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Dr. Lisa Medwedeff with a patient

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The Future is Female

Inspiring Interviews with Women of Influence

We asked Dr. Lisa Medwedeff of Village Internal Medicine Group in Plano about her journey to becoming a doctor and opening up her own female-owner medical practice.

Q: What motivated you to become a physician and pursue a solo practice?

A: A love and aptitude for science led me to medicine, but I pursued it when I discovered I had a sensitivity that allowed me to connect with people in need in a meaningful way. While working as a volunteer at a respite home for autistic children, I found my gift for connecting and effectively working with the special needs children and their parents who were often overwhelmed. It was the first time I experienced being sought after and respected for my ability to affect lives. When in residency, I had an amazing elderly and wise woman say to me after hearing the vision for my practice, “What you want to do is unique and you will never be permitted in a big practice or a hospital setting, you must start your own practice”. I knew she was right and when doors opened for me, I courageously went through them. It was incredibly challenging and at times I wondered why I chose such a tough path, but now I have a wonderful team who are all just as called to make a difference in patients’ lives as I am.

Q: What is your approach to patient care and what do you find most rewarding about it?

A: My approach is compassionate and comprehensive. I want to know my patient’s overall health, understanding of their health and the factors in their life that are having an impact on wellbeing, both mentally and physically. Not just the current problem that brought them in. This is what separates me from a specialist or an urgent care provider. I practice evidence-based medicine and believe that prevention is better than the cure. How I approach patient care is also what I find most rewarding, often I feel like the equivalent of Sherlock Holmes.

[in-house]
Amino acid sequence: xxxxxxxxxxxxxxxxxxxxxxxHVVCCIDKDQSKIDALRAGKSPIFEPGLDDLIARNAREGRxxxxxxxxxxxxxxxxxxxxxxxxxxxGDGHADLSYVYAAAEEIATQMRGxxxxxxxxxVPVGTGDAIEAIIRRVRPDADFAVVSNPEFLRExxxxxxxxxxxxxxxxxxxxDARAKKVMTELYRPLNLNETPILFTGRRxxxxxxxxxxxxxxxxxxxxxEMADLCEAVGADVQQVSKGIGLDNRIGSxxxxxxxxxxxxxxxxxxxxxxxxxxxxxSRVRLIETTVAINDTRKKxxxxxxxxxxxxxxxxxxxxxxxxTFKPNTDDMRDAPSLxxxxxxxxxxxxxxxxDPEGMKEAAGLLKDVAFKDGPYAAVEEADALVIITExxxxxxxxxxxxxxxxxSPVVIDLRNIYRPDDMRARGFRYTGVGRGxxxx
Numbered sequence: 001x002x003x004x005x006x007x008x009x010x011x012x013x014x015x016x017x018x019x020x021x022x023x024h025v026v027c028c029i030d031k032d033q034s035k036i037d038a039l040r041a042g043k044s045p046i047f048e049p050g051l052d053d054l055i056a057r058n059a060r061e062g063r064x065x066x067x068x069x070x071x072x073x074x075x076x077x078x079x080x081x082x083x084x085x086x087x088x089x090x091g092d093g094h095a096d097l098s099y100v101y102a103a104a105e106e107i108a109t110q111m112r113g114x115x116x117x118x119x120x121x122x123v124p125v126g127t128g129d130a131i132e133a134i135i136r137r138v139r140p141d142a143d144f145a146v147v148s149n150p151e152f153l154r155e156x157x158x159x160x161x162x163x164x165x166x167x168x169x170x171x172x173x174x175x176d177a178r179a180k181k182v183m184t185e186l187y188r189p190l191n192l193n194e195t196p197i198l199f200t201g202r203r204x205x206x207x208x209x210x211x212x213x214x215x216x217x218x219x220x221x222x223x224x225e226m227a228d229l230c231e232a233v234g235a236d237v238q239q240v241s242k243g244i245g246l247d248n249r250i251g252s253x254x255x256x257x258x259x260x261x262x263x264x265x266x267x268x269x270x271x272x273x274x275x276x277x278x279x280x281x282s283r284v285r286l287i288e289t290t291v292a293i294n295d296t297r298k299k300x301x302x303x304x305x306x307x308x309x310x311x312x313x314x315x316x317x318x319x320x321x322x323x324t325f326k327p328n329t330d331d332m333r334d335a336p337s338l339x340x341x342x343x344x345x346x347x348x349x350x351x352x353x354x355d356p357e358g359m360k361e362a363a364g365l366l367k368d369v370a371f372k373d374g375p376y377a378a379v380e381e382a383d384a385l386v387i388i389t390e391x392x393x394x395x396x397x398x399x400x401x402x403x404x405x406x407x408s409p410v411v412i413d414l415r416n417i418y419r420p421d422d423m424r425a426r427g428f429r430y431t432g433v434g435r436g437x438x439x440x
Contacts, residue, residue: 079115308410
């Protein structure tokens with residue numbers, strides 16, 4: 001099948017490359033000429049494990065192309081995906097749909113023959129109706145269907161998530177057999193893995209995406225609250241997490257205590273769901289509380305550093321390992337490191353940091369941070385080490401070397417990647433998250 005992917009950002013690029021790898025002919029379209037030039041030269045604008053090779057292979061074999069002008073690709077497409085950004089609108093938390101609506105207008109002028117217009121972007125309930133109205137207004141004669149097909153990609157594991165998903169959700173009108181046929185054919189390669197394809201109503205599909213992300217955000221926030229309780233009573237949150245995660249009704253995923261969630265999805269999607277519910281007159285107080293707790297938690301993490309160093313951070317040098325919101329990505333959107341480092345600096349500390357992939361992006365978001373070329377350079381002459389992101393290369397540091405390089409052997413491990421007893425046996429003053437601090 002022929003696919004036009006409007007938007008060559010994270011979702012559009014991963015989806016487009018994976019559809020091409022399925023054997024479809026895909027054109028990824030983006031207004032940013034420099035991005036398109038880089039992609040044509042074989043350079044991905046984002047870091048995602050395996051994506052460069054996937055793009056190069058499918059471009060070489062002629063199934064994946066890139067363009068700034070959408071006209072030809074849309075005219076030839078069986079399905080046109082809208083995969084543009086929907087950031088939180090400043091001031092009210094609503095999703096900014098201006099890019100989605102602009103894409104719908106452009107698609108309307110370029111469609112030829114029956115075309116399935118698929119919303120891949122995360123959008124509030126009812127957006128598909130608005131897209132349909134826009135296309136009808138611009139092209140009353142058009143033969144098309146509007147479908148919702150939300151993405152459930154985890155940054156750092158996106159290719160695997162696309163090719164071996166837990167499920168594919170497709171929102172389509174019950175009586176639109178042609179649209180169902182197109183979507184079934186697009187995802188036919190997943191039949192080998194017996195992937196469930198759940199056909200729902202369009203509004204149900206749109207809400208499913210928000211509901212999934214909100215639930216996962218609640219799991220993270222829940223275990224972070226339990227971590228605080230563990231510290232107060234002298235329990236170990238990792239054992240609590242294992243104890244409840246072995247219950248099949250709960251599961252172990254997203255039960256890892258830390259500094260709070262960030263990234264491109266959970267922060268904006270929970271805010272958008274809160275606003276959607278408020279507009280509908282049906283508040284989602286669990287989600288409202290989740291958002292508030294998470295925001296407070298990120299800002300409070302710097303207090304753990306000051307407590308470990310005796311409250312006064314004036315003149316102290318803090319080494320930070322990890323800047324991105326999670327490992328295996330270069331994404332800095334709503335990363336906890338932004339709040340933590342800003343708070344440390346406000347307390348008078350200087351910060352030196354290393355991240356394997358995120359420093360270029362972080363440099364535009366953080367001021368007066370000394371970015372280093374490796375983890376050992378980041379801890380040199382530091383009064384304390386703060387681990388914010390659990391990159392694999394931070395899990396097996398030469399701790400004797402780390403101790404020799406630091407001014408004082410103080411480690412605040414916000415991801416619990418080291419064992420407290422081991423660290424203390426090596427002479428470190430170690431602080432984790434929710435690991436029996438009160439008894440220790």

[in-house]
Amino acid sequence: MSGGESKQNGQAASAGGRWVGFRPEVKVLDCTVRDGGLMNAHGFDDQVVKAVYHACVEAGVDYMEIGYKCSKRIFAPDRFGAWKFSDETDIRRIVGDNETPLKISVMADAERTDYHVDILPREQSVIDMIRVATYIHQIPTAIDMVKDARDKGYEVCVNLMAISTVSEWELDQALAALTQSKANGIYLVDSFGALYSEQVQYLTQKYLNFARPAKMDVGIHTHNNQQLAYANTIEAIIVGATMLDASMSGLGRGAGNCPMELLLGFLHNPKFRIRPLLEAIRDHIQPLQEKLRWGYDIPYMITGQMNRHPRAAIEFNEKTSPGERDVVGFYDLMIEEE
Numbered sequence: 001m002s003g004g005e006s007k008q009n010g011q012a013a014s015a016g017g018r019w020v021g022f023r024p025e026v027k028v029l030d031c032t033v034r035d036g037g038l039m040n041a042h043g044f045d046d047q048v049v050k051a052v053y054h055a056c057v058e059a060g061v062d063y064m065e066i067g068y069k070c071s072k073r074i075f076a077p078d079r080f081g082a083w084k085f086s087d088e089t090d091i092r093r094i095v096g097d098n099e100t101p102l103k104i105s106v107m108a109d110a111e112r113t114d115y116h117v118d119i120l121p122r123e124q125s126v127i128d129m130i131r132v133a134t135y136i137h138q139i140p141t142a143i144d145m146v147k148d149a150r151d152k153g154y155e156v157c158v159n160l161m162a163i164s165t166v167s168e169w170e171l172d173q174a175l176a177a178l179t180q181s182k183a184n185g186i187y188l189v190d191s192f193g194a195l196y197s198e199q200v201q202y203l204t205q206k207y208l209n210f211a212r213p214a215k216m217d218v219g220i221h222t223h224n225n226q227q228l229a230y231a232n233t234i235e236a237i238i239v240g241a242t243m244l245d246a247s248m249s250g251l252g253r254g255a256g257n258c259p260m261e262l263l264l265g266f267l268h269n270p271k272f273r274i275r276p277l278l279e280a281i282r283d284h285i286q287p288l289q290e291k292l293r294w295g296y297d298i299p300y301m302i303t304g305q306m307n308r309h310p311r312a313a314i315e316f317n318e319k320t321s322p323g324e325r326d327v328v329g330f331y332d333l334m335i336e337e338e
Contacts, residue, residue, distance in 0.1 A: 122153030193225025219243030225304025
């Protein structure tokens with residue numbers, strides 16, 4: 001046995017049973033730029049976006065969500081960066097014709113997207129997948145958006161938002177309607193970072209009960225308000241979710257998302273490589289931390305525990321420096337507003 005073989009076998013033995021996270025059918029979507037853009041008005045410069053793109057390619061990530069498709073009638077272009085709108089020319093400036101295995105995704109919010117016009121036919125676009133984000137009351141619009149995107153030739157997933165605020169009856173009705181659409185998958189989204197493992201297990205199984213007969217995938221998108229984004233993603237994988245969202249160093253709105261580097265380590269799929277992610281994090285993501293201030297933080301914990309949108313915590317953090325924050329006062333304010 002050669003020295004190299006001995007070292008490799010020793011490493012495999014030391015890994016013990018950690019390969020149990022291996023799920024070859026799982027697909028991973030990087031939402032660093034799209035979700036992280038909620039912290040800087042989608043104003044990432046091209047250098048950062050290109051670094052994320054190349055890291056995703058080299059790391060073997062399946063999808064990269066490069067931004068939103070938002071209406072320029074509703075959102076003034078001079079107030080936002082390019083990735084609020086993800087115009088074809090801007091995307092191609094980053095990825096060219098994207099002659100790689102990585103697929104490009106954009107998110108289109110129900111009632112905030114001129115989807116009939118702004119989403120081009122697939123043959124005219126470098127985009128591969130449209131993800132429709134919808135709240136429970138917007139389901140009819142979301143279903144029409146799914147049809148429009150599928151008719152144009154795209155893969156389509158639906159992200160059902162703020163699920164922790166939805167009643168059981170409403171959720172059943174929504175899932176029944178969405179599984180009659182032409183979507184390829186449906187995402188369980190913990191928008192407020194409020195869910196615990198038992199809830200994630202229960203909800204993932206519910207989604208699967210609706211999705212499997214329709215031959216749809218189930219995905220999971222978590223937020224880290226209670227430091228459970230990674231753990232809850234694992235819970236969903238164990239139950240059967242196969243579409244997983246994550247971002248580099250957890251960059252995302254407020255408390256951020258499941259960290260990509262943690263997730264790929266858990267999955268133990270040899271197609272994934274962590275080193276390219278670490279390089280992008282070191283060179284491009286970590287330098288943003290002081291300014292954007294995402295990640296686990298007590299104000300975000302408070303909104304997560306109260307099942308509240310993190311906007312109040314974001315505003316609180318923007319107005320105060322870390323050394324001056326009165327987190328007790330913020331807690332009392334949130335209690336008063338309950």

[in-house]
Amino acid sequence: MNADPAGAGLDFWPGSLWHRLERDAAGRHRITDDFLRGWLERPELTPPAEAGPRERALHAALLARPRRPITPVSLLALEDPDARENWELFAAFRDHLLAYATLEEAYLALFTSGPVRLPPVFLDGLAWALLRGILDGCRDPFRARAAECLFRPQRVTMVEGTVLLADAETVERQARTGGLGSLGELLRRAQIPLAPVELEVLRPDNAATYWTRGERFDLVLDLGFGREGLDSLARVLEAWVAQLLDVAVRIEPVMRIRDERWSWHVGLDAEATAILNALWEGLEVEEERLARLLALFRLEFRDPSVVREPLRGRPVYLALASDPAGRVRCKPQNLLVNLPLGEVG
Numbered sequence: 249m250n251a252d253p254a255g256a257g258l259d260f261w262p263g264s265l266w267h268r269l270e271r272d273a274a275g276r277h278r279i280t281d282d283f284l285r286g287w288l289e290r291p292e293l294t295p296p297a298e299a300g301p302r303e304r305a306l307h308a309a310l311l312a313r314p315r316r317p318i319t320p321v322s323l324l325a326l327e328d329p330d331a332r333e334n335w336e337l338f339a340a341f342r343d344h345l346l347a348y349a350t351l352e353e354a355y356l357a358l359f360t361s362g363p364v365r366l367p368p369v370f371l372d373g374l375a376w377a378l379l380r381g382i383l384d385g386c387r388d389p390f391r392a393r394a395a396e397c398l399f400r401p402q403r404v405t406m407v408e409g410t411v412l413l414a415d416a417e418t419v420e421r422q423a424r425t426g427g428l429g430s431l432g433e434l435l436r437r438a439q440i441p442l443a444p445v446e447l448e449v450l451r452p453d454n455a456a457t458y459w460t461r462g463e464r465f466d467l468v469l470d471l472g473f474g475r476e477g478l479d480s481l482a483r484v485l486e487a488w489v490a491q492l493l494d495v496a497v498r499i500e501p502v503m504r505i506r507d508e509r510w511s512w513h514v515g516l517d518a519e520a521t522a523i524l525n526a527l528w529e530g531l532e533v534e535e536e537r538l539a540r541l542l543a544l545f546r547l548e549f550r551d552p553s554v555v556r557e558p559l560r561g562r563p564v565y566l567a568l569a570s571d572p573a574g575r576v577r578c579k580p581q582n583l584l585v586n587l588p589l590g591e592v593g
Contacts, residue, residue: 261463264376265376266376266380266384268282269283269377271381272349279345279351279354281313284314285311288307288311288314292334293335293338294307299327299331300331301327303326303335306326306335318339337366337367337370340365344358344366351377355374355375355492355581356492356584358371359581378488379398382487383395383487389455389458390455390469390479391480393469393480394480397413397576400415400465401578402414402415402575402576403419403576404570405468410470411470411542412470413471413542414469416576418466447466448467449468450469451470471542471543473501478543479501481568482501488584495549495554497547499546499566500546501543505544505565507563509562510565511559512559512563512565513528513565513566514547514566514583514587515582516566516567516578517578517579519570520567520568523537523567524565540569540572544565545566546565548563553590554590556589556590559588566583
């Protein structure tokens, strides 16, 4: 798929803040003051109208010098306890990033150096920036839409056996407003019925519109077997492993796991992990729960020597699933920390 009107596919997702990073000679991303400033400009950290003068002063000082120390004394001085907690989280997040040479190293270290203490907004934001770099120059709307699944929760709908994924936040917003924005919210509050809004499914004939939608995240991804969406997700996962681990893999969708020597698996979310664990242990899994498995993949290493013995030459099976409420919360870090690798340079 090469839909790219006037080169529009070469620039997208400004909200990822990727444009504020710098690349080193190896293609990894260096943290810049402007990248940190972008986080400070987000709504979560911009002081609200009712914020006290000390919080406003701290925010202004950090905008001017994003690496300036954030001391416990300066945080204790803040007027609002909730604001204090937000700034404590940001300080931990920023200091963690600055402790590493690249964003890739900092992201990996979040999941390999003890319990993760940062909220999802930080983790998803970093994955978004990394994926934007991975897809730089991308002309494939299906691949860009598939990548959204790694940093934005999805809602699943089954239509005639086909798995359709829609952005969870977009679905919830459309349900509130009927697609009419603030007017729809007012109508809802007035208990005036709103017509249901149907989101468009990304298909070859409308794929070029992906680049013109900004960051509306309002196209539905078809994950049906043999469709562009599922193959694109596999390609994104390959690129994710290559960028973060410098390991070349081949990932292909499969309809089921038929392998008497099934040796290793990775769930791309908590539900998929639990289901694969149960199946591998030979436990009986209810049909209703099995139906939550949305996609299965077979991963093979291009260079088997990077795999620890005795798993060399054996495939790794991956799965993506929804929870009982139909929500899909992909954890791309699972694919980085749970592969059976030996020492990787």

Q: What inspired you to expand your practice to include aesthetics and how does it complement your work as a physician?

A: With the advancements in the science of skin rejuvenation and the relative ease of the treatment with such long standing and amazing outcomes, I wanted to be a part of providing these services to my patients. The impact that improving one’s appearance can have on their life is transforming. A person’s appearance can be a factor in their depression and anxiety, and therefore improving their appearance has therapeutic value. One of my best examples is a patient nearest and dearest to my heart, my sister. She was treated with Scarlet microneedling with radiofrequency to improve the health of her skin and the transformation took years off her appearance. We won a national before and after photo competition with her outcome. But, her joy and the improvement in her confidence was amazing. It opened new doors in her life.

Q: What advice do you have for young women aspiring to pursue a career in medicine or any male-dominated field?